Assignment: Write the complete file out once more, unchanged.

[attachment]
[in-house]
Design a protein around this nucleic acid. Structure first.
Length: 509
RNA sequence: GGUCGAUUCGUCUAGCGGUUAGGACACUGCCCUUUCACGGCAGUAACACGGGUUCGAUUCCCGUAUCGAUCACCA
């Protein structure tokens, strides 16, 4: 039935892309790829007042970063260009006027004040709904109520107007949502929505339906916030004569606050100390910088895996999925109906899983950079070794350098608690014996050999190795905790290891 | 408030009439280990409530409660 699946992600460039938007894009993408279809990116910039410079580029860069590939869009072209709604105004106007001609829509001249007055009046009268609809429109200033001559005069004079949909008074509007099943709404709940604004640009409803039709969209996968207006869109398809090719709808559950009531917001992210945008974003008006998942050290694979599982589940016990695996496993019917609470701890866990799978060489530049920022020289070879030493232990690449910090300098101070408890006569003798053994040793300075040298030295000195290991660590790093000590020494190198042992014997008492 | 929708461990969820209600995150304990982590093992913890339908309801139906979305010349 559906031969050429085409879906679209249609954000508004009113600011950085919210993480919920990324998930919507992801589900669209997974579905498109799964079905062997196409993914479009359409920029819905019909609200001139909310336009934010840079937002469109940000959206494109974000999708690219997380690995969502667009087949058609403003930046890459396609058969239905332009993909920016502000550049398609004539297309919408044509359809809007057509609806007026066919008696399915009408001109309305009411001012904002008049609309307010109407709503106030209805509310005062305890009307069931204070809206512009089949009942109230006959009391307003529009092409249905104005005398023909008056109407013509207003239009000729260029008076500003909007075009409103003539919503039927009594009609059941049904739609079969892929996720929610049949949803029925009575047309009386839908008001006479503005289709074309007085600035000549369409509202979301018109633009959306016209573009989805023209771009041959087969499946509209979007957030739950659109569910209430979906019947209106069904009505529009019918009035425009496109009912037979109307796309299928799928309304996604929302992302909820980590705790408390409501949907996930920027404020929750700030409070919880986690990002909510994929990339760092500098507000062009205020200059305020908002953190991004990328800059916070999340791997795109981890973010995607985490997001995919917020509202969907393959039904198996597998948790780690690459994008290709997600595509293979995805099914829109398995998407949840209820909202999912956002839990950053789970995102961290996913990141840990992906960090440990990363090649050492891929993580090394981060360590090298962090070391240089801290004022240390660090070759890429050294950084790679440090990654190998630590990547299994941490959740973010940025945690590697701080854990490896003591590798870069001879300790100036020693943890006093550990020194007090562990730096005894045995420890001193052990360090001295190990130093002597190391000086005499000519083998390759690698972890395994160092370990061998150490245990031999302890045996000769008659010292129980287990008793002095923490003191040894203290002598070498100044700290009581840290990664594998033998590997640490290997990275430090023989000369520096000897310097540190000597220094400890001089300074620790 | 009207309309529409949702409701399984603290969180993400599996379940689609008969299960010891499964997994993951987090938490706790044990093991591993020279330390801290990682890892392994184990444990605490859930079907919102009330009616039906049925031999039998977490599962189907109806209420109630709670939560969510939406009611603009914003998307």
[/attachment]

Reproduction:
[in-house]
Design a protein around this nucleic acid. Structure first.
Length: 509
RNA sequence: GGUCGAUUCGUCUAGCGGUUAGGACACUGCCCUUUCACGGCAGUAACACGGGUUCGAUUCCCGUAUCGAUCACCA
């Protein structure tokens, strides 16, 4: 039935892309790829007042970063260009006027004040709904109520107007949502929505339906916030004569606050100390910088895996999925109906899983950079070794350098608690014996050999190795905790290891 | 408030009439280990409530409660 699946992600460039938007894009993408279809990116910039410079580029860069590939869009072209709604105004106007001609829509001249007055009046009268609809429109200033001559005069004079949909008074509007099943709404709940604004640009409803039709969209996968207006869109398809090719709808559950009531917001992210945008974003008006998942050290694979599982589940016990695996496993019917609470701890866990799978060489530049920022020289070879030493232990690449910090300098101070408890006569003798053994040793300075040298030295000195290991660590790093000590020494190198042992014997008492 | 929708461990969820209600995150304990982590093992913890339908309801139906979305010349 559906031969050429085409879906679209249609954000508004009113600011950085919210993480919920990324998930919507992801589900669209997974579905498109799964079905062997196409993914479009359409920029819905019909609200001139909310336009934010840079937002469109940000959206494109974000999708690219997380690995969502667009087949058609403003930046890459396609058969239905332009993909920016502000550049398609004539297309919408044509359809809007057509609806007026066919008696399915009408001109309305009411001012904002008049609309307010109407709503106030209805509310005062305890009307069931204070809206512009089949009942109230006959009391307003529009092409249905104005005398023909008056109407013509207003239009000729260029008076500003909007075009409103003539919503039927009594009609059941049904739609079969892929996720929610049949949803029925009575047309009386839908008001006479503005289709074309007085600035000549369409509202979301018109633009959306016209573009989805023209771009041959087969499946509209979007957030739950659109569910209430979906019947209106069904009505529009019918009035425009496109009912037979109307796309299928799928309304996604929302992302909820980590705790408390409501949907996930920027404020929750700030409070919880986690990002909510994929990339760092500098507000062009205020200059305020908002953190991004990328800059916070999340791997795109981890973010995607985490997001995919917020509202969907393959039904198996597998948790780690690459994008290709997600595509293979995805099914829109398995998407949840209820909202999912956002839990950053789970995102961290996913990141840990992906960090440990990363090649050492891929993580090394981060360590090298962090070391240089801290004022240390660090070759890429050294950084790679440090990654190998630590990547299994941490959740973010940025945690590697701080854990490896003591590798870069001879300790100036020693943890006093550990020194007090562990730096005894045995420890001193052990360090001295190990130093002597190391000086005499000519083998390759690698972890395994160092370990061998150490245990031999302890045996000769008659010292129980287990008793002095923490003191040894203290002598070498100044700290009581840290990664594998033998590997640490290997990275430090023989000369520096000897310097540190000597220094400890001089300074620790 | 009207309309529409949702409701399984603290969180993400599996379940689609008969299960010891499964997994993951987090938490706790044990093991591993020279330390801290990682890892392994184990444990605490859930079907919102009330009616039906049925031999039998977490599962189907109806209420109630709670939560969510939406009611603009914003998307």